Greater Downtown Mitchell (Oregon)

For those of you  to whom I’m not attached through Facebook, Google plus, my other (arty) blog, or through standing in line for the women’s bathroom — be informed that we are in Mitchell, Oregon, halfway between Prineville (in the Ochoco Mountains)  and John Day, Oregon. We escaped Portland to combine a vacation and a painting/photographing trip, which means it’s mostly painting and photographing, with a bit of Peets chocolate blueberries and thick bad novels sandwiched around the other stuff.

The above is a photo of greater downtown Mitchell — note the motorcycles in front of the Cafe. Across the street where I’m standing is a gas pump “for the public,” run by a fellow who ambles out of the State Hotel off to the left of the photo. Oh, and there’s a PO up the street. That and the school are about the whole of Mitchell.

But Mitchell has a long history. According to Wikipedia:

In 1872 the first school in Wheeler County was established near Mitchell, and in 1874 it was relocated to the town itself. Over the next two decades, Mitchell grew to include a store, church, hotel, livery stable, and multiple saloons. The business district, including the saloons, grew up along Bridge Creek and became known locally as “Tiger Town”. The church and most of the city’s homes were built at higher elevation on a bench overlooking the creek; this part of town was known locally as “Piety Hill”.   Wikipedia, Mitchell, Oregon

We are ensconced on Piety Hill at the Painted Hills Vacation Rentals,  Hollyhock Cottage version. Hollyhock Cottage is aptly named as it is surrounded by fulsome foliage. I have not yet gotten a decent photo of the flowers, trees, bushes, fruit, etc. partly because my camera is stunned by the excess sun. Nevertheless, here’s one bit of garden image for some of my chicken-loving friends:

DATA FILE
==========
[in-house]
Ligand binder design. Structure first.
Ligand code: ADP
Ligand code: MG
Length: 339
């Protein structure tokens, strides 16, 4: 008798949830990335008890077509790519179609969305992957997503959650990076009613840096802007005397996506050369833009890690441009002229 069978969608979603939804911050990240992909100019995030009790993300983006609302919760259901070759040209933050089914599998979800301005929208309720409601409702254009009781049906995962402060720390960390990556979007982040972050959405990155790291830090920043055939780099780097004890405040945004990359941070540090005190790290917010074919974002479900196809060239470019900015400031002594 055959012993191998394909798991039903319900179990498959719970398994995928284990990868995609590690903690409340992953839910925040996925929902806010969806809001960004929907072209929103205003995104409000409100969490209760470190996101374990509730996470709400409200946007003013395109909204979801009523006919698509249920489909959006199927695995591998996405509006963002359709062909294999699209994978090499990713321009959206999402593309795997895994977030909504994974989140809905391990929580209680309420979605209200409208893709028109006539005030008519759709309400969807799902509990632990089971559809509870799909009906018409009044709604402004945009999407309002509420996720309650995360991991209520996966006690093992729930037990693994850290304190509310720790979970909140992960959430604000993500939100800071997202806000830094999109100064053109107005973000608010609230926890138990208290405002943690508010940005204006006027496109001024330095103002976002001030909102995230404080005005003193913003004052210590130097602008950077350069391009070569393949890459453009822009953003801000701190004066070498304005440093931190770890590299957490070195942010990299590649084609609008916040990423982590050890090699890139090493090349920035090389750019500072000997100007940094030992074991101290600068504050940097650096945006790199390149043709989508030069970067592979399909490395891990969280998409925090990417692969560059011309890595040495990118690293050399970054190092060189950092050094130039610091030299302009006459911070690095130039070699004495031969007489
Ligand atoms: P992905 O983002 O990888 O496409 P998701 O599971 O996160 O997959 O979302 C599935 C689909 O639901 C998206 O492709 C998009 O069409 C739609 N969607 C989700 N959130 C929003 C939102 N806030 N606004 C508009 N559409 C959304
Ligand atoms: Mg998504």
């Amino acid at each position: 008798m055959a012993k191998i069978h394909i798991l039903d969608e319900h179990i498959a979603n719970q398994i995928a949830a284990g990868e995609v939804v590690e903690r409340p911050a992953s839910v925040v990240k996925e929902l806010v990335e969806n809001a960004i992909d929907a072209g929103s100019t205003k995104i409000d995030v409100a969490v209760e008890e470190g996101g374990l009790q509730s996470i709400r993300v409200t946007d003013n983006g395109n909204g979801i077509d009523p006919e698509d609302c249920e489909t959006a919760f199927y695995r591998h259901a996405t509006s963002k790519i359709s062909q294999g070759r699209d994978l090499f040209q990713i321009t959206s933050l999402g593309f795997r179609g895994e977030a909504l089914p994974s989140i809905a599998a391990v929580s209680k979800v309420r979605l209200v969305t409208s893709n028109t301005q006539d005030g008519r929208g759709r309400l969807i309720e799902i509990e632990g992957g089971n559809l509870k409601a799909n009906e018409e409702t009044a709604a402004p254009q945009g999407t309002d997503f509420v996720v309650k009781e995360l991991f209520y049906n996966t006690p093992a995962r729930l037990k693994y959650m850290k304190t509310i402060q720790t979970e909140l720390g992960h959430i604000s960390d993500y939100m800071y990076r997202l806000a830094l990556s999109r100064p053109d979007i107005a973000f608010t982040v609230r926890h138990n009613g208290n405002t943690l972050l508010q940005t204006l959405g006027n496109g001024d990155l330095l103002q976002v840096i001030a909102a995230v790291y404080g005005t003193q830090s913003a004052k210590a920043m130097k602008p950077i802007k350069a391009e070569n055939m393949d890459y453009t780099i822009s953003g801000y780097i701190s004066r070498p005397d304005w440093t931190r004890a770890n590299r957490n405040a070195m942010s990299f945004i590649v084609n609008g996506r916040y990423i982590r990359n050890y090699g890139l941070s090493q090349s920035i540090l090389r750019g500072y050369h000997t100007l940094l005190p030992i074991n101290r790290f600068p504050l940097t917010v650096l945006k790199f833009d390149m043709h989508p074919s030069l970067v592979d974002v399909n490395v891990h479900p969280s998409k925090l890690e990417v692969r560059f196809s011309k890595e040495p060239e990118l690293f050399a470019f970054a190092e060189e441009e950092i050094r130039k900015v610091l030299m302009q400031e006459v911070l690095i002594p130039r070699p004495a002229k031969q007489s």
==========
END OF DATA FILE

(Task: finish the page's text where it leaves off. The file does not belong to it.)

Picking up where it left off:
The people who run the two houses that are the Piety Hill Painted Hills Vacation Rentals have a good sense of humor as well as a fine sense of the necessities for visitors: wine glasses, coffee grinder, toaster that works! All mod cons!

Of course, we headed out for the Painted Hills Unit of the John Day Fossil Beds, ten miles down the road, shortly after checking out the rental cottage. The Painted Hills are impossible to paint, because they’ve already decked themselves out. However, I never can resist trying:

This photo doesn’t show the reds, but that’s because the color of the hills is also impossible to photograph except under exceptional (and hard to grab) circumstances. We have two weeks to achieve the impossible. I will paint, Jer will photograph (again) (and again), and when defeated, we will retreat to Piety Hill.

Oh yes, Jer is already doing his ecological best for the critters around here. We didn’t hit the two deer that thought about running across the road in front of us last night, and Jer has saved at least one spider from certain death at my less sympathetic hands:

That’s Jer, saving the spider. Note the foliage that envelopes the front porch. Oh, and I suspect the snake did not bite me as we came down the trail at dusk last night because Jer’s kindness toward all creatures (except flies) provides him with the proper aura of sanctity. I just happened to be close enough to him (as I backed up to get away from the serpent) to be enveloped too.

And if that conceit is too much for you, well, chalk it up to my somewhat skittishness about rattlers and the high desert. –June

This entry was posted in eastern Oregon, John Day Fossil Beds, landscape, oil painting, Photography and tagged , , , , . Bookmark the permalink.

One Response to Greater Downtown Mitchell (Oregon)

  1. janetl says:

    It was cloudy when we were there on Memorial Day — not the normal weather pattern at all! Rather than being bleached by the sun, the colors were dimmed by the shadowed sky:


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